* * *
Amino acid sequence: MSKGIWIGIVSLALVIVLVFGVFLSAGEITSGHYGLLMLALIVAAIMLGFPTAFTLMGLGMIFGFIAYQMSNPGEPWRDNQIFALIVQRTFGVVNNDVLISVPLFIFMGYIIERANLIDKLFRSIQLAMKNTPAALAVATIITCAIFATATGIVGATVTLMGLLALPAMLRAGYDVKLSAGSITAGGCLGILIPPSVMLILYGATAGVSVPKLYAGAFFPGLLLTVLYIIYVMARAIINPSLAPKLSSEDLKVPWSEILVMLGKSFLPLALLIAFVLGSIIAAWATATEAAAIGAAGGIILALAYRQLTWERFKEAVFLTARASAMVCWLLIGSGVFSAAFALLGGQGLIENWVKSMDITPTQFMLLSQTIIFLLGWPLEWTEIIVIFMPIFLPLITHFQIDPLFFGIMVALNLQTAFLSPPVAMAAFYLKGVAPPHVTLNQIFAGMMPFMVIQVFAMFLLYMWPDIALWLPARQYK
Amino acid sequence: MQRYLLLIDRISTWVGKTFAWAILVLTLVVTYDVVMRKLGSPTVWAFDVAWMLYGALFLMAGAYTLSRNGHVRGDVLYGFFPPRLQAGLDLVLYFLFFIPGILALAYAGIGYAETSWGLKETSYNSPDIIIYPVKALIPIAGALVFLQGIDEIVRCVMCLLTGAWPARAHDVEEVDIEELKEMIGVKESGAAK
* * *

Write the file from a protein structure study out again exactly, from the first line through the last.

Amino acid sequence: MSKGIWIGIVSLALVIVLVFGVFLSAGEITSGHYGLLMLALIVAAIMLGFPTAFTLMGLGMIFGFIAYQMSNPGEPWRDNQIFALIVQRTFGVVNNDVLISVPLFIFMGYIIERANLIDKLFRSIQLAMKNTPAALAVATIITCAIFATATGIVGATVTLMGLLALPAMLRAGYDVKLSAGSITAGGCLGILIPPSVMLILYGATAGVSVPKLYAGAFFPGLLLTVLYIIYVMARAIINPSLAPKLSSEDLKVPWSEILVMLGKSFLPLALLIAFVLGSIIAAWATATEAAAIGAAGGIILALAYRQLTWERFKEAVFLTARASAMVCWLLIGSGVFSAAFALLGGQGLIENWVKSMDITPTQFMLLSQTIIFLLGWPLEWTEIIVIFMPIFLPLITHFQIDPLFFGIMVALNLQTAFLSPPVAMAAFYLKGVAPPHVTLNQIFAGMMPFMVIQVFAMFLLYMWPDIALWLPARQYK
Amino acid sequence: MQRYLLLIDRISTWVGKTFAWAILVLTLVVTYDVVMRKLGSPTVWAFDVAWMLYGALFLMAGAYTLSRNGHVRGDVLYGFFPPRLQAGLDLVLYFLFFIPGILALAYAGIGYAETSWGLKETSYNSPDIIIYPVKALIPIAGALVFLQGIDEIVRCVMCLLTGAWPARAHDVEEVDIEELKEMIGVKESGAAK